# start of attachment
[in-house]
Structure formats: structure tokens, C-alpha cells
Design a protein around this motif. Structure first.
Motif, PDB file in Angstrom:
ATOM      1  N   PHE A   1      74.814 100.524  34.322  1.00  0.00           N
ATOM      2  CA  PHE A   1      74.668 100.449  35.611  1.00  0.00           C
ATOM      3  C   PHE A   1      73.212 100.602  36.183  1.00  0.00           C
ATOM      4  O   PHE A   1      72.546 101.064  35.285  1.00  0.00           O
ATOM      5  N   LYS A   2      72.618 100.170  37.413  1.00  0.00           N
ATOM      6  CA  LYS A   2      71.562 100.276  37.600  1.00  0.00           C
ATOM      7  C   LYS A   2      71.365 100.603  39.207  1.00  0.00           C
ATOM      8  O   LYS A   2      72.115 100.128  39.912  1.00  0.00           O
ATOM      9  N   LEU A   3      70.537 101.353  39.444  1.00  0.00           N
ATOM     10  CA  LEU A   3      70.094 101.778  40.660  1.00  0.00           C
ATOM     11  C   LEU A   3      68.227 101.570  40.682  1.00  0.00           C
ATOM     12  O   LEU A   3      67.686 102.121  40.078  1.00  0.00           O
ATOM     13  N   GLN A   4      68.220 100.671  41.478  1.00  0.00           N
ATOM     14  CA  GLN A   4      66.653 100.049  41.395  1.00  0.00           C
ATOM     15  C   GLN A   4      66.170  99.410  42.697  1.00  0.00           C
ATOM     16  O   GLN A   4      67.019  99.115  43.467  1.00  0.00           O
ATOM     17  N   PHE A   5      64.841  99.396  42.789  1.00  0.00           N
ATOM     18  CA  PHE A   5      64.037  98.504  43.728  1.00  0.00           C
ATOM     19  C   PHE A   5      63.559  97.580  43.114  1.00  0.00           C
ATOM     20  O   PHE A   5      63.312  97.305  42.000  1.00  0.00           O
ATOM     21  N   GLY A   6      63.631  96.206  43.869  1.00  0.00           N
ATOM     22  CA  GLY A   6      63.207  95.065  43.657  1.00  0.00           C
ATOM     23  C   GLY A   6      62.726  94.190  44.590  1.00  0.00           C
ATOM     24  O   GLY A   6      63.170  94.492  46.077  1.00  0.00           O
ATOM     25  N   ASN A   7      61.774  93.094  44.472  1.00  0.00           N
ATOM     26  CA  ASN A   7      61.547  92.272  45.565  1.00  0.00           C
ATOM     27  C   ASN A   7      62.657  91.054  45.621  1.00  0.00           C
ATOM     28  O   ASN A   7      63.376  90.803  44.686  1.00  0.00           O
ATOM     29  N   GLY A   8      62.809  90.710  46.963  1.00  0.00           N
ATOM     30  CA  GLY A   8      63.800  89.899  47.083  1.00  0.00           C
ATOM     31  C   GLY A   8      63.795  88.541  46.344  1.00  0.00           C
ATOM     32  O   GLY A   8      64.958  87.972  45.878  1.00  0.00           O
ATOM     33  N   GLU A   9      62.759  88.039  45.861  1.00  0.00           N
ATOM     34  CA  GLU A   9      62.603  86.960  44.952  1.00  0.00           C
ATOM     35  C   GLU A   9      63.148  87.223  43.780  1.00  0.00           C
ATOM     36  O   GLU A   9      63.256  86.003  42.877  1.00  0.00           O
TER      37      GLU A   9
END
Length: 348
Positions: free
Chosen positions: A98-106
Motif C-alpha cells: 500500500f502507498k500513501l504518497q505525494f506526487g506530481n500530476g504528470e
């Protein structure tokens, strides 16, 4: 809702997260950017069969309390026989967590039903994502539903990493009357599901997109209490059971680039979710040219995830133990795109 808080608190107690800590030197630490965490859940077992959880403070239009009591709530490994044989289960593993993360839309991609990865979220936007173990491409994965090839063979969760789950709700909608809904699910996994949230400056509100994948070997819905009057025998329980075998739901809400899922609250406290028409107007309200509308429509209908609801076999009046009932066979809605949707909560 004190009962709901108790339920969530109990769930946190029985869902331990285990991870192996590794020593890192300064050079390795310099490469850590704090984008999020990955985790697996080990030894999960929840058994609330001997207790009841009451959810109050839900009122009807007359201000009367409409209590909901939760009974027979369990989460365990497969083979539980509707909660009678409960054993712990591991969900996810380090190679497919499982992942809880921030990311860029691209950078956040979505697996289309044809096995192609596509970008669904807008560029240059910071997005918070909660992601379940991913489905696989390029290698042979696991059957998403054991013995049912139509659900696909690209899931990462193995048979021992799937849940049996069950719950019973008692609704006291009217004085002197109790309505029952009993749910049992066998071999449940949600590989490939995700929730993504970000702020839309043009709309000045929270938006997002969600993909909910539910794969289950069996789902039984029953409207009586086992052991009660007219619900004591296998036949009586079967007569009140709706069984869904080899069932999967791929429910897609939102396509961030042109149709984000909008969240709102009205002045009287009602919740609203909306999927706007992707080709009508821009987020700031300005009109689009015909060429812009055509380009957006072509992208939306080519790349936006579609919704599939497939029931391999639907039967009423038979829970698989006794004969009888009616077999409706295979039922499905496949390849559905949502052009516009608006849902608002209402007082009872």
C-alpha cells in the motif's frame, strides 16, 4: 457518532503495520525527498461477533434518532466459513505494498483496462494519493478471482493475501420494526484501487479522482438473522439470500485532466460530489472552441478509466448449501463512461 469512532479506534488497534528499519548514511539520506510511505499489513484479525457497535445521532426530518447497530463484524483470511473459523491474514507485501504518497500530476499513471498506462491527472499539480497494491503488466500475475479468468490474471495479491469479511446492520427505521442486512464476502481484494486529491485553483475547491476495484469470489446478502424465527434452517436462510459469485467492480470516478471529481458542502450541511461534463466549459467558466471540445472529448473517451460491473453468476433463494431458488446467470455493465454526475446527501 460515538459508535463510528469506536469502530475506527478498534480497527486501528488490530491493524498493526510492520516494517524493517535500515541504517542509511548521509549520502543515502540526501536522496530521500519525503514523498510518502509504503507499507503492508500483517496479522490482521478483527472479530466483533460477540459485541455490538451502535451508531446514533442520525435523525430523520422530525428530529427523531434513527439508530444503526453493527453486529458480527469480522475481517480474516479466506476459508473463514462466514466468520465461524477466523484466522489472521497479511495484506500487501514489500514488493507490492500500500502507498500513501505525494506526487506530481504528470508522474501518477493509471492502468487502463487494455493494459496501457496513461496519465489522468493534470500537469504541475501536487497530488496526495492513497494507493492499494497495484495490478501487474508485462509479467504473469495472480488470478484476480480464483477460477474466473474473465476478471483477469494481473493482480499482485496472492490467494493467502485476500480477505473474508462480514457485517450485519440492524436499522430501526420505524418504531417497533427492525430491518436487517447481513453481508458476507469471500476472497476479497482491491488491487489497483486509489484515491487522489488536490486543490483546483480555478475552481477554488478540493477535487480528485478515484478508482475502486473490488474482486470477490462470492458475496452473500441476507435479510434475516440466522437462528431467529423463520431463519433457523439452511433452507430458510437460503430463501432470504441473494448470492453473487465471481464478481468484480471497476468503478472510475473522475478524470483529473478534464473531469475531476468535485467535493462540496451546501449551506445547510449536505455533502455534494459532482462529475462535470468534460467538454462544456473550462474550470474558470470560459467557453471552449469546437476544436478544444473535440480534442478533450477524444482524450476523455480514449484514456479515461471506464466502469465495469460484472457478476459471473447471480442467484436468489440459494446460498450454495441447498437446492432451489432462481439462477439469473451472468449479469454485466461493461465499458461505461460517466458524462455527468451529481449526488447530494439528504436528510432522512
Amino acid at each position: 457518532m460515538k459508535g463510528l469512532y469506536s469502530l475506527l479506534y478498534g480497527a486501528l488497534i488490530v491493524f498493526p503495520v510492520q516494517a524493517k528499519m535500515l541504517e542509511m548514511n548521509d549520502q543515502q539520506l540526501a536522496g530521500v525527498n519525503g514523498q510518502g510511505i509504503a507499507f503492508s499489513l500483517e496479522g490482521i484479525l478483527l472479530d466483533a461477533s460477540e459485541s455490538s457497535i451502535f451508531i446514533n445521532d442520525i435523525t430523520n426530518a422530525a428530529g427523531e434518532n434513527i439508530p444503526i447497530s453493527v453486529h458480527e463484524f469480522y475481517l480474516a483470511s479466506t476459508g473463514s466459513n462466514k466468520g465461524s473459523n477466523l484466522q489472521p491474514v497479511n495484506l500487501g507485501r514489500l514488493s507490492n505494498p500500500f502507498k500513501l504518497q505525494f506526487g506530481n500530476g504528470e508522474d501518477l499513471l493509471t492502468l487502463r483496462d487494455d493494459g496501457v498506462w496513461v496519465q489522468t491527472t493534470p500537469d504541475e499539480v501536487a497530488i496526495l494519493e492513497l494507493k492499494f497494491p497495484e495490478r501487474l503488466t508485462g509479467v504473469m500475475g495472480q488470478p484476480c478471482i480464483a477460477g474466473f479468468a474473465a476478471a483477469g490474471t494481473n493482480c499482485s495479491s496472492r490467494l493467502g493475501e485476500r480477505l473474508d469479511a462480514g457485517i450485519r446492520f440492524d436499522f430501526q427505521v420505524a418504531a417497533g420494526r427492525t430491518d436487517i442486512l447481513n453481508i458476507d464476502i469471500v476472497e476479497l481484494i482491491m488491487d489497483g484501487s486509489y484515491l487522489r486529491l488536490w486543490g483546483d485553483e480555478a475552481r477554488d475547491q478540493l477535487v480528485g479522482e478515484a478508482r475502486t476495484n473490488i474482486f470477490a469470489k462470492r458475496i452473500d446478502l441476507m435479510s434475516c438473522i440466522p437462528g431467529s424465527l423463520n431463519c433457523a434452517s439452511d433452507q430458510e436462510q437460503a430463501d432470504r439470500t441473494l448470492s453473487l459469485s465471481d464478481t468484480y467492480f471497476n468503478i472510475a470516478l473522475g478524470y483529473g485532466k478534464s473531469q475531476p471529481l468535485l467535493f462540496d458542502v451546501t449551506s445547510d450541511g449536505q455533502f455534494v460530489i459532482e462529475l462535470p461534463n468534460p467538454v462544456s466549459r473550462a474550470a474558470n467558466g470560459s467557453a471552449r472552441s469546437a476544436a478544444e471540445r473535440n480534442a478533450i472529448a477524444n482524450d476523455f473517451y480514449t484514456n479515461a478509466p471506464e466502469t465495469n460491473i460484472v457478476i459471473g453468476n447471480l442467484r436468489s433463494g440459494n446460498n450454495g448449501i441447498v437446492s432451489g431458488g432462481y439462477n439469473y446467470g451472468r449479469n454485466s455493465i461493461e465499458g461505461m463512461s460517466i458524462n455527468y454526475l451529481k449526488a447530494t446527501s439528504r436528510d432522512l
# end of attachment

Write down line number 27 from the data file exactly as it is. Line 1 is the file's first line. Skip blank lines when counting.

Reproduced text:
ATOM     23  C   GLY A   6      62.726  94.190  44.590  1.00  0.00           C